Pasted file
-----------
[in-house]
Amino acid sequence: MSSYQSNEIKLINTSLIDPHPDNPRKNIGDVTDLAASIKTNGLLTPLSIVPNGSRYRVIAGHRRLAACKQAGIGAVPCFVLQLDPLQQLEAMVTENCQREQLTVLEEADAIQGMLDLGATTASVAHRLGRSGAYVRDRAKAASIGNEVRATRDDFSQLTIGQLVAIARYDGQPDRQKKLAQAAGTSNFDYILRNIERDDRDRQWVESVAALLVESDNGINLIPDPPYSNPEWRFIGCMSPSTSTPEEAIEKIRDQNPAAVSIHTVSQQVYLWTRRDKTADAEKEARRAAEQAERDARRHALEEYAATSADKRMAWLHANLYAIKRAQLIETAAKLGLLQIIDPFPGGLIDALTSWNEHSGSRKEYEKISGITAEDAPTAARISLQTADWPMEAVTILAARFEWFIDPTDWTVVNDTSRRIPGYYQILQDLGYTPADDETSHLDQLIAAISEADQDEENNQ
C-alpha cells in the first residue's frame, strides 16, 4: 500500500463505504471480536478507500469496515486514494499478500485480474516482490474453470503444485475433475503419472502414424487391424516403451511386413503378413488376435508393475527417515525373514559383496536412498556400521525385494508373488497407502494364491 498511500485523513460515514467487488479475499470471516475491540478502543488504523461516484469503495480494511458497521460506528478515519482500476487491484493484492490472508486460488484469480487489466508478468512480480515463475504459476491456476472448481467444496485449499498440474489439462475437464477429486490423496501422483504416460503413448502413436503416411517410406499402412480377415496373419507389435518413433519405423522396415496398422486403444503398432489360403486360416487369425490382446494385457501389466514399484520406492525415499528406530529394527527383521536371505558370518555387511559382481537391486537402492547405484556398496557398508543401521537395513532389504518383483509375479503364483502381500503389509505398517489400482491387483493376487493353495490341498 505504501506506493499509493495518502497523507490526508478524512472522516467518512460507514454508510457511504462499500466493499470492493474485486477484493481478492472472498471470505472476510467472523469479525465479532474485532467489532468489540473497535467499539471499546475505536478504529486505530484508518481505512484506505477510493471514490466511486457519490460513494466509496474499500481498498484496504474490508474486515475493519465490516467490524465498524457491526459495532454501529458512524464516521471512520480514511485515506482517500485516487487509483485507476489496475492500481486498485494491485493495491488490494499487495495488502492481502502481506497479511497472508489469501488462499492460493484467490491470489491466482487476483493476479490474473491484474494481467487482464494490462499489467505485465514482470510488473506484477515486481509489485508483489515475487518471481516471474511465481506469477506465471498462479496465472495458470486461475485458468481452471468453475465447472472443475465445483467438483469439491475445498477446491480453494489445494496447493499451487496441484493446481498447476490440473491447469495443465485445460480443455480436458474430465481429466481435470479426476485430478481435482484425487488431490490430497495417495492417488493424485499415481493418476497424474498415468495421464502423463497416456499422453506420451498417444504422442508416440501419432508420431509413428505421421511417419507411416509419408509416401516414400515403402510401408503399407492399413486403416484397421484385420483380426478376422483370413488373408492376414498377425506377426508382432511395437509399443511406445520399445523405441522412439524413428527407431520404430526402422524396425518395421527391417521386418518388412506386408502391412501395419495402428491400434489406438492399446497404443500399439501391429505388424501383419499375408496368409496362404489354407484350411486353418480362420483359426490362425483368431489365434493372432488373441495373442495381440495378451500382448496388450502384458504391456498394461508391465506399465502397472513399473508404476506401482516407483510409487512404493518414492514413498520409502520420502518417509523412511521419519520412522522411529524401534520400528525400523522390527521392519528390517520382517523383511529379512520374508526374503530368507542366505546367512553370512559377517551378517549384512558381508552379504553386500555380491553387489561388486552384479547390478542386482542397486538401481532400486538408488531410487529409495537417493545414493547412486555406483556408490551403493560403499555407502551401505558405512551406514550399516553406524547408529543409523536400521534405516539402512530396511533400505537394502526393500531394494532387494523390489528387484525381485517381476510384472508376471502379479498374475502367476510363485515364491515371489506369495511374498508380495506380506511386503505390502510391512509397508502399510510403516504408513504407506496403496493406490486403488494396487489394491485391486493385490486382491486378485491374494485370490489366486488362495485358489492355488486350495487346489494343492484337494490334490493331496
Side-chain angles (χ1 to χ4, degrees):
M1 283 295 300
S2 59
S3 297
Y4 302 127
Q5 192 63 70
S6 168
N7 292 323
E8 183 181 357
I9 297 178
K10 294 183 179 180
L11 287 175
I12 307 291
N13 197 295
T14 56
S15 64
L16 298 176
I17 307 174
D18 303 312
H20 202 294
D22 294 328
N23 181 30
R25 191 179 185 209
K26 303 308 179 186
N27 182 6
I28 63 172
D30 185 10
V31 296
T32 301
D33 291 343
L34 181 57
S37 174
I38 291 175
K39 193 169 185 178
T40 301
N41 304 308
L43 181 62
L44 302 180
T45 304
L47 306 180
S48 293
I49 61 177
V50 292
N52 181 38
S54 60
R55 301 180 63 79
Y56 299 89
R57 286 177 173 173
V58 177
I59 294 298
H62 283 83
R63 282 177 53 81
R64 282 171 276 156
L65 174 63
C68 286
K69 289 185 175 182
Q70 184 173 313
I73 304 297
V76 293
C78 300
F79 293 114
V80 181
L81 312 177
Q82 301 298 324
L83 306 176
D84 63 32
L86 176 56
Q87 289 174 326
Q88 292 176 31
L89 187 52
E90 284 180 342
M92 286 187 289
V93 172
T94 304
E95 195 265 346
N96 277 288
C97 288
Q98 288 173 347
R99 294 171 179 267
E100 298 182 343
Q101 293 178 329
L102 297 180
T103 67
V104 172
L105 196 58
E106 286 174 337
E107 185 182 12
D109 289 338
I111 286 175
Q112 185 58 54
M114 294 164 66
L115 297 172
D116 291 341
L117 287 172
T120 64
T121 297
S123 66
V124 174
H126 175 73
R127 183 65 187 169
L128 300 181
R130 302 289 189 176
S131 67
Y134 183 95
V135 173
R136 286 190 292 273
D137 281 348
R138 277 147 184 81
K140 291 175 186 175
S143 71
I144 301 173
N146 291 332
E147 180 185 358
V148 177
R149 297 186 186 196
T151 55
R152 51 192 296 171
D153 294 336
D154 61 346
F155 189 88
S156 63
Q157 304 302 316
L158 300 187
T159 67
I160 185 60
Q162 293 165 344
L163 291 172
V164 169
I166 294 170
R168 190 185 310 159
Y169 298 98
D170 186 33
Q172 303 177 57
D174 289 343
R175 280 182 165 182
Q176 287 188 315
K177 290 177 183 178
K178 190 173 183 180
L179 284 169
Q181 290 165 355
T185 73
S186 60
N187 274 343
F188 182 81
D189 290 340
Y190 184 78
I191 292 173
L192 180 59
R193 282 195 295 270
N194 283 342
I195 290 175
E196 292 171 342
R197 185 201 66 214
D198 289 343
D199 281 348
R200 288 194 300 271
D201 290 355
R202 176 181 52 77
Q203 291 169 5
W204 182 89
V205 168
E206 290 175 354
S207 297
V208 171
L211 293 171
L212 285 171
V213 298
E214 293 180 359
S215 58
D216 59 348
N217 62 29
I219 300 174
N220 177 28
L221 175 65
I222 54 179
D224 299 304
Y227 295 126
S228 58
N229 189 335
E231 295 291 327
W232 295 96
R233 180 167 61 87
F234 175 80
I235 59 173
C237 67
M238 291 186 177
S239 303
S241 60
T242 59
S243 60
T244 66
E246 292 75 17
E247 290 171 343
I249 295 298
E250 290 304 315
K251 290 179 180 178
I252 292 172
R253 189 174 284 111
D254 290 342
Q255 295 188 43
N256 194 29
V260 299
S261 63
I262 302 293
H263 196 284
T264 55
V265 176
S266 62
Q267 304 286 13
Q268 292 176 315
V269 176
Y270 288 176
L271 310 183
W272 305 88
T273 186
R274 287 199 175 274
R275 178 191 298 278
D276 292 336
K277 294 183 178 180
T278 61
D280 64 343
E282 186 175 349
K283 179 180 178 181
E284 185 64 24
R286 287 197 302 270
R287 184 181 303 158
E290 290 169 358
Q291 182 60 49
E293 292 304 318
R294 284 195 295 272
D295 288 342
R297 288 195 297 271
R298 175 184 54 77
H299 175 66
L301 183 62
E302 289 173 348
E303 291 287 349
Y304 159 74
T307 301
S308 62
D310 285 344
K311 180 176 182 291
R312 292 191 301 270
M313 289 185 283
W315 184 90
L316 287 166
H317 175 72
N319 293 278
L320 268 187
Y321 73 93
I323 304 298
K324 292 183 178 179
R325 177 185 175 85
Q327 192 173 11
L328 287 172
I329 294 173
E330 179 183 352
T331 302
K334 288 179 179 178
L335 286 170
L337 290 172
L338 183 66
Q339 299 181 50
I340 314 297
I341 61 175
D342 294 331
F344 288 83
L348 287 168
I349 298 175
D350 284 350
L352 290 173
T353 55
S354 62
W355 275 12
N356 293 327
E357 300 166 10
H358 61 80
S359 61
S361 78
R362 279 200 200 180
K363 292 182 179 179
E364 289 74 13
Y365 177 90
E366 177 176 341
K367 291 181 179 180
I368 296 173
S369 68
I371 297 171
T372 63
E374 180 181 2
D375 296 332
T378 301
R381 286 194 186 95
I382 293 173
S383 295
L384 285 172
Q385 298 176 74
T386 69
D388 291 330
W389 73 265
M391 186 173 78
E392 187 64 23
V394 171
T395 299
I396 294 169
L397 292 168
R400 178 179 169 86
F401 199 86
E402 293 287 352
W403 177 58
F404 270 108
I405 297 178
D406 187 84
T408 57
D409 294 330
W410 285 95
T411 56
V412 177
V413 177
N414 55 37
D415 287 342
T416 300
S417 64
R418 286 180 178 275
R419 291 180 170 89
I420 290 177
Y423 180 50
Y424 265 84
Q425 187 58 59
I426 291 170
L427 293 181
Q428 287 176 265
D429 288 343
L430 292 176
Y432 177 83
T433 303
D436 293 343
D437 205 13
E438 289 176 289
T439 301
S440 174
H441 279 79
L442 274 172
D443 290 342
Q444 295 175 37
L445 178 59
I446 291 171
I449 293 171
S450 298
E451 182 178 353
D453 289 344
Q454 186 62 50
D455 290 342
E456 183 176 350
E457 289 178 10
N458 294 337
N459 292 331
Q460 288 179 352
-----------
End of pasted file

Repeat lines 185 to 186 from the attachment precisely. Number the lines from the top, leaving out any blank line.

R233 180 167 61 87
F234 175 80